Terrance Johnson of Jackson makes no bones about it, literally, when it comes to comparing deer hunting to his favorite pursuits — stalking squirrels and running rabbits.
“You can put a lot of meat in the freezer when you kill a deer, but you can put better eating on the table when you get a sack of squirrels or a pile of rabbits,” Johnson said. “There is no comparison to the deliciousness of tree rats and bunnies and that of deer, none whatsoever.
“Squirrel and dumplings. Rabbit and dumplings. Jambalaya. Mulligan stew. Sauce piquant. Either one in gravy over biscuits. Man, I’m getting hungry talking about it. I can’t wait to get them smothered down.”
That’s why Johnson works hard conditioning himself for the work ahead, starting Oct. 1 when squirrel season opens statewide — the youth season was Sept. 24-30 — and then picking up speed Oct. 12 when rabbit season begins.
“I’m a hard worker, so I stay in pretty good shape anyway, but every Sept. 1, I start getting serious on the treadmill at the gym,” he said. “I’ve got to get ready to walk and walk and walk and then some. You can’t get after the small game unless you got some good wheels under you, and it helps to lose a few pounds before eating all those great dishes.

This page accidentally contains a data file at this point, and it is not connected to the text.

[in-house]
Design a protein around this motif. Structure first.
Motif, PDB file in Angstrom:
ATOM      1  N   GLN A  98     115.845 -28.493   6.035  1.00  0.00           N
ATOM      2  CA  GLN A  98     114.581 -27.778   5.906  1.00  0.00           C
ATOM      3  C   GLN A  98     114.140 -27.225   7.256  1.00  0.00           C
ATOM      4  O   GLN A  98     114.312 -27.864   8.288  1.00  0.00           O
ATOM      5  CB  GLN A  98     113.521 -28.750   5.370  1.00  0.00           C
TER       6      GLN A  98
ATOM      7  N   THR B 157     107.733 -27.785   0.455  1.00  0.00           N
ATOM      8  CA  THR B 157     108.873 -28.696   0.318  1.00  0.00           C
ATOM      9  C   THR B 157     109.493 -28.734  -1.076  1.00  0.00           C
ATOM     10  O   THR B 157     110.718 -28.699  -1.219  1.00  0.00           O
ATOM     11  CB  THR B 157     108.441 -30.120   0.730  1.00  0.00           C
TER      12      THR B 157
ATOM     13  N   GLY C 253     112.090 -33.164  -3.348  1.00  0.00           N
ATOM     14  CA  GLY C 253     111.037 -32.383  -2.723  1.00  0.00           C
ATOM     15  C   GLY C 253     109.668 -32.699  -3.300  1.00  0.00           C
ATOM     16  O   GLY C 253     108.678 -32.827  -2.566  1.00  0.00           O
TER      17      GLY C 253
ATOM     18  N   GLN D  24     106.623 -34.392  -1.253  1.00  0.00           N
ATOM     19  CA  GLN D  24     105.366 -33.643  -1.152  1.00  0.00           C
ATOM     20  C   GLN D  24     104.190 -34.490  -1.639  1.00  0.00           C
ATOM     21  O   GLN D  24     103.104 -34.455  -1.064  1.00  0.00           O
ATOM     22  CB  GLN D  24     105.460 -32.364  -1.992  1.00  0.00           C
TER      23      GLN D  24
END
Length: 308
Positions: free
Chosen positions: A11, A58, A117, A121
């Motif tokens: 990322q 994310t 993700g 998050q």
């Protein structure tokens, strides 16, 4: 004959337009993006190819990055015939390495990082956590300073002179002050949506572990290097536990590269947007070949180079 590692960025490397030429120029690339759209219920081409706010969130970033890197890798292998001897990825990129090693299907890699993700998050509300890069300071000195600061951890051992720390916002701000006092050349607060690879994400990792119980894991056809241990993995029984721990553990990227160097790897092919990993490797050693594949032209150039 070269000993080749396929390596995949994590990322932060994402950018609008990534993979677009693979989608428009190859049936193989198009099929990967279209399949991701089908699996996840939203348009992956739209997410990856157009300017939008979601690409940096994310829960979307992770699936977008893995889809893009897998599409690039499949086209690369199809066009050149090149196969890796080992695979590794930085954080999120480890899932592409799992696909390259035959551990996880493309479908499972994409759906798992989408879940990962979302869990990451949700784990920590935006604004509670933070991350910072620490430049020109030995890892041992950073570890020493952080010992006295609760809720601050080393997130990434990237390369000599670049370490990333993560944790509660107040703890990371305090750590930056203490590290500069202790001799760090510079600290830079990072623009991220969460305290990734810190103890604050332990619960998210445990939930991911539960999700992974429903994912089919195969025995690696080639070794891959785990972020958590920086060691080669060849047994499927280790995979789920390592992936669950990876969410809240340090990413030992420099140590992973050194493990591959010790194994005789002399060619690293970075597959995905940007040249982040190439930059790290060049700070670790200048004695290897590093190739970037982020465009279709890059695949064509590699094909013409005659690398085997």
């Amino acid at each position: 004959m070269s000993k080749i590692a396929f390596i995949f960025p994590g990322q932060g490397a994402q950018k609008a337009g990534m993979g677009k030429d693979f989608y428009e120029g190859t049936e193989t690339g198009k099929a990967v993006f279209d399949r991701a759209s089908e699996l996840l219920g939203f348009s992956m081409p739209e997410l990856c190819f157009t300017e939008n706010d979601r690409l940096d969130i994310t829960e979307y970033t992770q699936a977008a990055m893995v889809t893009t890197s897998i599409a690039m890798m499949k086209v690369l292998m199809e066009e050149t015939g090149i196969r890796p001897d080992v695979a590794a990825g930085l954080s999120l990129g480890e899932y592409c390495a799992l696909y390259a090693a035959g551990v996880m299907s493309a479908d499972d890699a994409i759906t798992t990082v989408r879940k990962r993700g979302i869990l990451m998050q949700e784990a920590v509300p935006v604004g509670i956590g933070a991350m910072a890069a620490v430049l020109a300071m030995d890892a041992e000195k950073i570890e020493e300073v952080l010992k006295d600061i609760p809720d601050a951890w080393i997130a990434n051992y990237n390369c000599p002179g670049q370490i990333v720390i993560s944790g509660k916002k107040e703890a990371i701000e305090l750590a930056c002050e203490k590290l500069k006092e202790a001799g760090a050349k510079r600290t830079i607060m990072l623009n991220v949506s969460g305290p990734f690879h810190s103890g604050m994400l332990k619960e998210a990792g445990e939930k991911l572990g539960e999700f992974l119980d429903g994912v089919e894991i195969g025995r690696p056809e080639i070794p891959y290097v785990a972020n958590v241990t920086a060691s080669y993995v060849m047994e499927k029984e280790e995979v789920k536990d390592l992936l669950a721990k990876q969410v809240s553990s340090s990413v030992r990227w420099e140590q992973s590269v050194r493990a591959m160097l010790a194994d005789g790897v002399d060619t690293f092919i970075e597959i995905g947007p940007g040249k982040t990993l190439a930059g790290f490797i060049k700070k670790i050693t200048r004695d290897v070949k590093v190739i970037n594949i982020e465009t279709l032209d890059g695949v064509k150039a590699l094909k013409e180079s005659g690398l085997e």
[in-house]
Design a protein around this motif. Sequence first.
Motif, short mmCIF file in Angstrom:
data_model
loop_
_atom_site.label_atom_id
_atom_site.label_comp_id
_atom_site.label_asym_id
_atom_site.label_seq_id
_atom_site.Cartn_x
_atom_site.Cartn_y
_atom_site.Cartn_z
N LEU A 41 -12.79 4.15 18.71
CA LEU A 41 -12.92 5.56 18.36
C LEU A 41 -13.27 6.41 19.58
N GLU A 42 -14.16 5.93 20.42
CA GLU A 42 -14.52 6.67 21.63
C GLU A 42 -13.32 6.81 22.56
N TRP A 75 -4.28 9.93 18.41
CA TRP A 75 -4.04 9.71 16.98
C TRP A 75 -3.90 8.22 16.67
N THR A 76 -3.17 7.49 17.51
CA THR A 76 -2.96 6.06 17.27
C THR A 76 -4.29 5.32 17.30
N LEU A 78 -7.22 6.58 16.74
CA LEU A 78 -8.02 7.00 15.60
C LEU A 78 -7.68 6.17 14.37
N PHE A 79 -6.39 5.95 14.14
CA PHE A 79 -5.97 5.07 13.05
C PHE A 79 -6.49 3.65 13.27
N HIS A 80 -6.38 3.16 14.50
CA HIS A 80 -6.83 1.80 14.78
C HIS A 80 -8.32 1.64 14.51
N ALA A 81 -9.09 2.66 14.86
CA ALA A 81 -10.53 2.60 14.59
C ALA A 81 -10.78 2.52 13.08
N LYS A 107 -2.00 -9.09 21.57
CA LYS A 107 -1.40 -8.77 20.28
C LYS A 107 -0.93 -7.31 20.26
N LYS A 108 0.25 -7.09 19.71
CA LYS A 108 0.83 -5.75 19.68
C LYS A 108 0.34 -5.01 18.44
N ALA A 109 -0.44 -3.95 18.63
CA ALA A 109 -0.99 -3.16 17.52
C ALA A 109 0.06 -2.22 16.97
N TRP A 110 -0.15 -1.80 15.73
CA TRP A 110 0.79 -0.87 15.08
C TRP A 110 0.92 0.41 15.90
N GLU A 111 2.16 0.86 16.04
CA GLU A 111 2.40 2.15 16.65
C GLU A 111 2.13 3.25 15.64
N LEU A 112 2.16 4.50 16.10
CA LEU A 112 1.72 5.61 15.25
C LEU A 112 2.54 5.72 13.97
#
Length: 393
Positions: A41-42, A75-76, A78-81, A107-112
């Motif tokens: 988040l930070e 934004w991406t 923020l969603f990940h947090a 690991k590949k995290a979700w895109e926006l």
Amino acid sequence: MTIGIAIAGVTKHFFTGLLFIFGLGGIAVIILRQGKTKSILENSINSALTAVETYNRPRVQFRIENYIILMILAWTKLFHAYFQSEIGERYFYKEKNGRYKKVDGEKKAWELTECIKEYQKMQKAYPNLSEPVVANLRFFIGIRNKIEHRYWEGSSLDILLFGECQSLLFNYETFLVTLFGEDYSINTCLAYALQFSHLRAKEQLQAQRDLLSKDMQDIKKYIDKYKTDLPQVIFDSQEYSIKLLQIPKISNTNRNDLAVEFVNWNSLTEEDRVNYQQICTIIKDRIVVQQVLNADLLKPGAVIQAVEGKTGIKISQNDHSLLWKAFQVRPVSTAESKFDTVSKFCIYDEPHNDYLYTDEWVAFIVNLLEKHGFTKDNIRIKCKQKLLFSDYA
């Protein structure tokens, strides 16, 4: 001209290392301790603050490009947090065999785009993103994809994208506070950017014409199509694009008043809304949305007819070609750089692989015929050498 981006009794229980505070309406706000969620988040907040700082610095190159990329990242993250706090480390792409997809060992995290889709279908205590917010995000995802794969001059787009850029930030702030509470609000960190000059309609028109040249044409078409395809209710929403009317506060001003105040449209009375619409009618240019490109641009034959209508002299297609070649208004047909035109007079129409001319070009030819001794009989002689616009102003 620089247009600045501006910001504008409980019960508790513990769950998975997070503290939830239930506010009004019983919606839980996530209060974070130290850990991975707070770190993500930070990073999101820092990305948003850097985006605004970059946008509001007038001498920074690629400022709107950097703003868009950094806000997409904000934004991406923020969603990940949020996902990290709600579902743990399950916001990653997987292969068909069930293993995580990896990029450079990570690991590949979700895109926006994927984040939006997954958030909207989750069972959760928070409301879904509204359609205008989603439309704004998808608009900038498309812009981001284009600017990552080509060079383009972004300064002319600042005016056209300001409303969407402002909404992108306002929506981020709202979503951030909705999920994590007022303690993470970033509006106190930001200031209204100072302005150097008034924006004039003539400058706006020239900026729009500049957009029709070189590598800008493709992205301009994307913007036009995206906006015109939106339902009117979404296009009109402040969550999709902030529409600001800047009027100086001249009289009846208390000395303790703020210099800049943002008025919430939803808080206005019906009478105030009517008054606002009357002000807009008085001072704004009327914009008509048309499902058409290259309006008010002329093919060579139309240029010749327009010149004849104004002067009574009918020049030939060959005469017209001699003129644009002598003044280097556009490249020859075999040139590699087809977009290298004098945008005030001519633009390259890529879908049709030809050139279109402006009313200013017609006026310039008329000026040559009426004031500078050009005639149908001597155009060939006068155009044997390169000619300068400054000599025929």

“I will hunt two or three days a week from October through February (both rabbit and squirrel seasons end Feb. 28). Once it gets cool, we’ll run our rabbit dogs, my buddies and I, every Saturday from daylight to about 2, and I’m the briar buster. I’m in there right with the beagles, dang near every step.”
How many miles is that?
“You know, I’ve never thought about it, but that’s an interesting question,” Johnson said. “It’s gotta be well over 100, and probably 200. But it’s worth it, that’s for sure. The toughest thing is cleaning the squirrels, but again, that’s sure worth every second.”
The limit in Mississippi for both squirrel and rabbit is 8 per hunter per day.
“A limit of squirrels is pretty easy, if you have enough places to hunt,” Johnson said. “That’s the key. You need to have different areas so you don’t put too much pressure on the same trees. Rabbits, well that’s more difficult because there’s five or six of you out there, maybe 10 or 12, and it’s kind of up to the rabbit as to who’s going to get the shot, but being the briar buster I do get more chances.”